Among 19 flights listed on the departure board Sunday morning, only two were posted as delayed. The rest were on time or showing new times 15 to 20 minutes late, although the airlines said the delays were unrelated to the computer glitch.
Jackie Garcia, a Cathay Pacific flight control agent, said about 670 of the airline’s passengers arriving at LAX on two flights Saturday night were affected by the computer problems. They were stuck on runways for six hours, while outbound travelers to Hong Kong faced a three-hour delay, finally taking off early Sunday. “It was a mess,” she said. “People were hungry or sleeping on the floor.”
Some visitors from overseas said they were astonished by the glitch at one of the nation’s most prominent airports.
“This is a great country -- and this happens?” said Lee Hong, 23, as he waited outside the Tom Bradley International Terminal at 3:30 a.m. Sunday for a friend from Long Beach to make a second trip to LAX to fetch him. Hong’s flight from Singapore landed at 8:30 p.m., but he could not disembark until morning. This would not happen in Singapore, Hong said. “No. No way. We have a great airport.”
Bleary-eyed, rumpled passengers described how they had sat in cramped airplane seats, joints stiff from long overseas flights, waiting for their pilots to announce again that there was no news. When passengers emerged from planes, they found most restaurants in the Bradley terminal were closed or running low on food. The few restaurants still open had long lines of people waiting.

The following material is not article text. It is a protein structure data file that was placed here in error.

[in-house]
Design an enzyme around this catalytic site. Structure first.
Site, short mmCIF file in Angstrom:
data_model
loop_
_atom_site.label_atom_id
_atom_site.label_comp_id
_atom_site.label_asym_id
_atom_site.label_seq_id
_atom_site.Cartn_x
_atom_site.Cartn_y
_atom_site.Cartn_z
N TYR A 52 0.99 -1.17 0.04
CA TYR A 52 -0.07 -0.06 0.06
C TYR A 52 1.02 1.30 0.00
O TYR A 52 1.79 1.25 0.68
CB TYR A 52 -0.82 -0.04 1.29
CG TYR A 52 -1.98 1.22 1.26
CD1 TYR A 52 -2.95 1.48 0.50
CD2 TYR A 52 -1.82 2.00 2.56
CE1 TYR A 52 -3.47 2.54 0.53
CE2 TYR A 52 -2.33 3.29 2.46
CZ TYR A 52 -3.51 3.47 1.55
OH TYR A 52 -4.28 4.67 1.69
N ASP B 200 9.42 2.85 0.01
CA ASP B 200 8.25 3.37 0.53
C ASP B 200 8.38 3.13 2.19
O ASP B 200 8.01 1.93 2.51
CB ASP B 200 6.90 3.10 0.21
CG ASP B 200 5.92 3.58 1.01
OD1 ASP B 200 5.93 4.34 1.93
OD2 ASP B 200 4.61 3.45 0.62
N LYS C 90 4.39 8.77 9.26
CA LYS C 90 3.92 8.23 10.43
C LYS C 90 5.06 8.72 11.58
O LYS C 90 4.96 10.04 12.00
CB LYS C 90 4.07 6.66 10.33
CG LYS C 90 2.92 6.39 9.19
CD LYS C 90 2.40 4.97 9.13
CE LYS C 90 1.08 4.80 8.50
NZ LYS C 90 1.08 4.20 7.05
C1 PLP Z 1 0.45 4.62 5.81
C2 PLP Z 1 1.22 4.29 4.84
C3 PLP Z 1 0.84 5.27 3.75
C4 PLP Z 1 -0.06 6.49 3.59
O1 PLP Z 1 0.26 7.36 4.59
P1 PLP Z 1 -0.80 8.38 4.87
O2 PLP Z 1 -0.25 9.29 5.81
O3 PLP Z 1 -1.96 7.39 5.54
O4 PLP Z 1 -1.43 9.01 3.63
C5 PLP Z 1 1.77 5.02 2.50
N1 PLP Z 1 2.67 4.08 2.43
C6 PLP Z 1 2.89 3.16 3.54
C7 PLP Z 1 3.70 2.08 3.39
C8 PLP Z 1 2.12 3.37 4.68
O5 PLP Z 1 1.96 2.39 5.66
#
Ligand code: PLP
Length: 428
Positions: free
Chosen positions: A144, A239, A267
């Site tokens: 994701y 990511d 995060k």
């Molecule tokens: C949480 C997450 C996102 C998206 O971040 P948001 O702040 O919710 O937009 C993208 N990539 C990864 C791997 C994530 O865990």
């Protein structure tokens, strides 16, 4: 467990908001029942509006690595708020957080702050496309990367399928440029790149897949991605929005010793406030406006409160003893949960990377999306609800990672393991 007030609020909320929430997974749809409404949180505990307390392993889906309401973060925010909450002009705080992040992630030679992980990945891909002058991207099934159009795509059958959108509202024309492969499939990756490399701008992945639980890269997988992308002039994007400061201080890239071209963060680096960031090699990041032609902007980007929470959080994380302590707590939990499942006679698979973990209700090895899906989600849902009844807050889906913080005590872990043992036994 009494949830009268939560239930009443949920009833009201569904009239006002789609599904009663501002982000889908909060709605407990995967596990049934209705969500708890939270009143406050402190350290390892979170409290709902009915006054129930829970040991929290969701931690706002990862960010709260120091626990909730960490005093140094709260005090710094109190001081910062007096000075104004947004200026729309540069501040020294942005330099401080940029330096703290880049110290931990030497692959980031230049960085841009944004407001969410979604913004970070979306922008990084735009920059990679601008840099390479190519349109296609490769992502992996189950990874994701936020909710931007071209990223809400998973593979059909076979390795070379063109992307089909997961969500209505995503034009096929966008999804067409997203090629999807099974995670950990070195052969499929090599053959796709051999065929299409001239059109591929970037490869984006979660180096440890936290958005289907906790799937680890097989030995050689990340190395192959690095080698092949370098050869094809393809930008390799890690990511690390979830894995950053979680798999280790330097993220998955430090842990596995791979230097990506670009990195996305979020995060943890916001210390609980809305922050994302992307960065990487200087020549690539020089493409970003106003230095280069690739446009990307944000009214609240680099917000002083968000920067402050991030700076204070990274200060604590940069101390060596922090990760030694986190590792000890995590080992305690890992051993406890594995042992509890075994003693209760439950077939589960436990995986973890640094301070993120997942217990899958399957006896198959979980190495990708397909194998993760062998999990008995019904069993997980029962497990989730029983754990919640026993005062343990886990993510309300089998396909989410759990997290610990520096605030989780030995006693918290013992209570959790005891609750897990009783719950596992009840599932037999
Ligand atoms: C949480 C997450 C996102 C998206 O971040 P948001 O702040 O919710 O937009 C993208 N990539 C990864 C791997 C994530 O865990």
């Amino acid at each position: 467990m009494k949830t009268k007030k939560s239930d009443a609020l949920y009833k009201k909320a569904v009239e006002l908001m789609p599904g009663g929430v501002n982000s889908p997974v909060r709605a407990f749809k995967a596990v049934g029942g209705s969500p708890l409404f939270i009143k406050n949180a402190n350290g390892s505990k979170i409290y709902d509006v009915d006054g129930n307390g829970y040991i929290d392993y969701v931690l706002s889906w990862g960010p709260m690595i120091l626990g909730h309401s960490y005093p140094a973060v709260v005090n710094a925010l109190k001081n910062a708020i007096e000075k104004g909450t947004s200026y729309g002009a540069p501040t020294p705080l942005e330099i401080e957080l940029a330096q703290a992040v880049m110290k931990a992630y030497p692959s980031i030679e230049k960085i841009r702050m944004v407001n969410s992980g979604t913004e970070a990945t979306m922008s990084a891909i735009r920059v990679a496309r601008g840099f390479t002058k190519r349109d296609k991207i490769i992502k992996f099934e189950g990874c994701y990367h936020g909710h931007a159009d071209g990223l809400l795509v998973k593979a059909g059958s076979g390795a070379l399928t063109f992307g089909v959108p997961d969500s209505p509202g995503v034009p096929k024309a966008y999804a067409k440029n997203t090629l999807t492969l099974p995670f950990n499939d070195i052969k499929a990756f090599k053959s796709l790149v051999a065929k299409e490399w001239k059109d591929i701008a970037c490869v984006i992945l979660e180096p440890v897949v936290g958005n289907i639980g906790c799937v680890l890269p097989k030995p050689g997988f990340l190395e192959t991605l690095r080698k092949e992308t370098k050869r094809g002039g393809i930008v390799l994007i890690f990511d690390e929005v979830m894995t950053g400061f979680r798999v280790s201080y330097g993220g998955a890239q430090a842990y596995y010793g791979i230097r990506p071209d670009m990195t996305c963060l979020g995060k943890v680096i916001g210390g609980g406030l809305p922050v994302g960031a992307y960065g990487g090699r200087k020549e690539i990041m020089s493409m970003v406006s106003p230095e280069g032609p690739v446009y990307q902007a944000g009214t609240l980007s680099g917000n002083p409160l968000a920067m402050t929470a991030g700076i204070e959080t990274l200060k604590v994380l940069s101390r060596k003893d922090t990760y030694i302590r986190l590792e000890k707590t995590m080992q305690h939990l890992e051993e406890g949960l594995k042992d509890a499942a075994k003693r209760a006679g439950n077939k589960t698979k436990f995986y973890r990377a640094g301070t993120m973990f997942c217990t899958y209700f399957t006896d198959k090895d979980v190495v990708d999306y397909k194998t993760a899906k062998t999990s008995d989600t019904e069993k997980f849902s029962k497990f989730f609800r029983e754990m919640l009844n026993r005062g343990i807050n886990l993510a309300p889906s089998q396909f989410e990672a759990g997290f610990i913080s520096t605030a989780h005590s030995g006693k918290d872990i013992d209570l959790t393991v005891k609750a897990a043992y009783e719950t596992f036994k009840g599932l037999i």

The crew of one Alaska Airlines flight from Mexico that spent seven hours on the ground was forced to ration food, giving it to the elderly, children and people with health problems, said Robert Le Cam, 43, one of three returning Huntington Beach surfers loading surfboards onto a truck outside the Bradley terminal about 2 a.m.
A Mexicana Airlines flight from Guadalajara ran out of water, soda and ice, said Luis Castaneta, 35, of San Dimas, returning from a vacation with 14 relatives. Many of the travelers said they were frustrated and angry at what they called a lack of information.
“Can’t they simply tell us which flights are delayed? I have a 13-year-old daughter coming in, unescorted,” said film producer John Dellaverson as he stood waiting for a Lufthansa flight from Frankfurt, Germany, that was six hours late.
Airport parking lots were also jammed. At 3 a.m. Sunday, some lots were still gridlocked.
The delays rivaled the worst incidents of last winter, when severe weather left thousands of passengers languishing for up to nine hours on American Airlines and JetBlue Airways planes.
Paul Gysels, 60, of San Francisco, was loading up on beef jerky and chocolate bars at a newsstand. He had just spent five hours on the tarmac after arriving from La Paz, Mexico.
After he got off the flight, his troubles continued. He had missed the night’s last flight to San Francisco. Nevertheless, he was determined to get home as soon as possible. “Nobody’s going to make it out of L.A. before me,” he said.
Times staff writers Marla Cone and Ari B. Bloomekatz contributed to this report.